4. We Chase Numbers. As a commercial real estate broker, I spend the majority of my weekdays looking at property prices, traffic patterns, and square footage. What leader can’t relate? There’s pressure to hit certain volumes, to grow the number of people coming in the door, and to make sure you have enough space to keep services and programs running efficiently. Numbers are important, but they should not drive our vision; it should be the other way around. When we launched our church seven years ago, we knew we wanted to be Outsider-focused. As a result, we committed to giving a minimum of 50% of tithes back into missions. The vision of being Outsider-focused drove the numbers (over 50% going back out the door). If we get too caught up in head counts and P&L spreadsheets, we tend to water down our vision to accommodate the statistics.
5. We Forget Our Calling. Success feels warm and fuzzy. Especially when it’s accompanied by a certain amount of money, success, and prestige. Sometimes when we pursue the calling that God has given our lives, we get distracted by the bright and shiny opportunities to our left and right. We see other people’s accomplishments and decide we are more capable or we deserve success more than they do. So we start to emulate their businesses or ministries, but the results don’t seem to add up. Not only can this lead to resentment, but it can also distract us from using the unique gifts that God has given each one of us.
6. We Rage. Almost every day as my family flies out the door to school and work, we pause for a minute to put on the Armor of God. Even my two-year-old knows the pieces by heart. But you know what? It doesn’t take long for me to face real-life situations that make me question whether Paul was serious about that whole “we wrestle not against flesh and blood” thing. Sure, most of us clench our steering wheel when someone cuts us off on the highway, but if we have our eyes fixed on success at all costs, we will experience disproportionate levels of frustration and rage. We fly off the handle when plans don’t go our way. We keep a record of even the slightest of offenses. We speak before we think. Our skin grows thinner and thinner. The worst part? Rage left unchecked will drive away even our most loyal supporters.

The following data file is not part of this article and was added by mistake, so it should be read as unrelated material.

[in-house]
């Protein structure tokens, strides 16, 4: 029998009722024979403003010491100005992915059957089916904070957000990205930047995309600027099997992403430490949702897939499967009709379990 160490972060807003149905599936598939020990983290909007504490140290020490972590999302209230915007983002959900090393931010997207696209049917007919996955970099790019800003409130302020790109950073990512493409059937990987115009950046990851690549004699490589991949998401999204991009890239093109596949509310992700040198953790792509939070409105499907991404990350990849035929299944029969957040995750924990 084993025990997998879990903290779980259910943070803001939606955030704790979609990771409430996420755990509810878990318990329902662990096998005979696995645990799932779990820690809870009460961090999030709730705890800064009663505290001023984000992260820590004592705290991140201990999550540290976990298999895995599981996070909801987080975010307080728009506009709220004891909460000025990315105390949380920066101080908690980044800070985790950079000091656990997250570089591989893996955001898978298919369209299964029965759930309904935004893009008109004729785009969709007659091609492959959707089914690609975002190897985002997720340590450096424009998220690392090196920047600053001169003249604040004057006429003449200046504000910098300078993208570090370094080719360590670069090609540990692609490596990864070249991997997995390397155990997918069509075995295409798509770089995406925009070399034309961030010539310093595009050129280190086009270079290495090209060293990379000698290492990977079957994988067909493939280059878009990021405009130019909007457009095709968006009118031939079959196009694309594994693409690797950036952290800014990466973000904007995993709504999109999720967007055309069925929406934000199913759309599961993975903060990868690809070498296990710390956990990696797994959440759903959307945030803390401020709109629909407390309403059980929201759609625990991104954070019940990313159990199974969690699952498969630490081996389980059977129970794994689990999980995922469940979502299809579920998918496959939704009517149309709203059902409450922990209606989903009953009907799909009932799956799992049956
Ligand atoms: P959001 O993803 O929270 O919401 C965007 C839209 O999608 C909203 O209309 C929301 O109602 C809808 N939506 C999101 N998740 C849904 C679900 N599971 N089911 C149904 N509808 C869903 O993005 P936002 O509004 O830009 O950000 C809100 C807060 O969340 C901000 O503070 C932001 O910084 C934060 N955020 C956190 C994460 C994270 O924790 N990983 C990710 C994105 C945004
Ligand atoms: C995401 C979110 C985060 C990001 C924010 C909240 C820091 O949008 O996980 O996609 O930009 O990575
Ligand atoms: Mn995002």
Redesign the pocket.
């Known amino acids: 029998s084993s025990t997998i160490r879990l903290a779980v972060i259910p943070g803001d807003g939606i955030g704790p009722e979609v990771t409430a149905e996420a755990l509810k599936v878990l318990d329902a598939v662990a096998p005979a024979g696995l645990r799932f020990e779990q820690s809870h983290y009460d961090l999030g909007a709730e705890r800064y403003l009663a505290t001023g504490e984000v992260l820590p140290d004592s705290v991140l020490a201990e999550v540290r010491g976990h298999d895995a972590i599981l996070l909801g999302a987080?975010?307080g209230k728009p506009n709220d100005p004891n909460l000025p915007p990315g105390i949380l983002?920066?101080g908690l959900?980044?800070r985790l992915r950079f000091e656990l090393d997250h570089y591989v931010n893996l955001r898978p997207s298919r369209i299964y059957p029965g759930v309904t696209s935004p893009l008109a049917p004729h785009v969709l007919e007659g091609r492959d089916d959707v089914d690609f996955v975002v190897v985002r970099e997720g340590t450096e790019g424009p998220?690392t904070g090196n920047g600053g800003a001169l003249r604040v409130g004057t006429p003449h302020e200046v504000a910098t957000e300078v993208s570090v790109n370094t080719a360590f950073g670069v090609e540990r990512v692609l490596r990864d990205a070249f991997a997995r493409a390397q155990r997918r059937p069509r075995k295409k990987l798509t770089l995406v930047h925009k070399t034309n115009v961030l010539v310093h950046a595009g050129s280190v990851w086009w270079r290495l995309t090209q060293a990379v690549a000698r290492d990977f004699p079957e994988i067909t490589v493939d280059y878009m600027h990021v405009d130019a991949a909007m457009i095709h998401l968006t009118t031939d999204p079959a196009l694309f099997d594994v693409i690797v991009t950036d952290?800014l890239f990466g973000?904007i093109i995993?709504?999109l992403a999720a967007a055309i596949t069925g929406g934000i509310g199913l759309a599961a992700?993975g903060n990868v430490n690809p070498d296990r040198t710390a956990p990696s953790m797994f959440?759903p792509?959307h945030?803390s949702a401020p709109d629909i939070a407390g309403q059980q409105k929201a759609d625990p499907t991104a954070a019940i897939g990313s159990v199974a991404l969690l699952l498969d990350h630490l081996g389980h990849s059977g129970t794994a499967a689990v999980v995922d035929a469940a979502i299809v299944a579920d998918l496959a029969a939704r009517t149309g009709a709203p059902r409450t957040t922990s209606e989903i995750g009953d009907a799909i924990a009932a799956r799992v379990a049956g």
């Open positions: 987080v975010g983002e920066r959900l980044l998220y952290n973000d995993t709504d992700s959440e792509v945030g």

7. We Neglect Family. Sometimes you just need to go home and let the laptop battery die. Or ignore that “crisis” call during dinner time. You know, the one where you put your hand up and push away from the table (conveniently) just as the kids are starting to panic over the fact that you’re making them try brussel sprouts. When our time and energy get squeezed, the first ones to feel the pain are family. We find excuses to stay at work or grab coffee before heading home. We zone out when our spouse tells us about their day. We quickly forget what it feels like to get on the floor and play with our kids. If you take away anything from this post, let it be this: don’t make family a casualty in the quest for success.
So, now that all the cards are on the table and we’re ready to take an honest look in the mirror, what do we do if we find ourselves serving success and not others? It’s not complicated. We should have a conversation with God, then our family and mentors. We confess the ways we have tried to steal the credit, abandoned our calling, neglected people, or led with a spirit of pride. And we can’t afford to stall. Because if we don’t reign in our ambition for success, it will define us instead of what’s most important–our impact on eternity for the sake of others.
Partial Contribution by Rachel Webb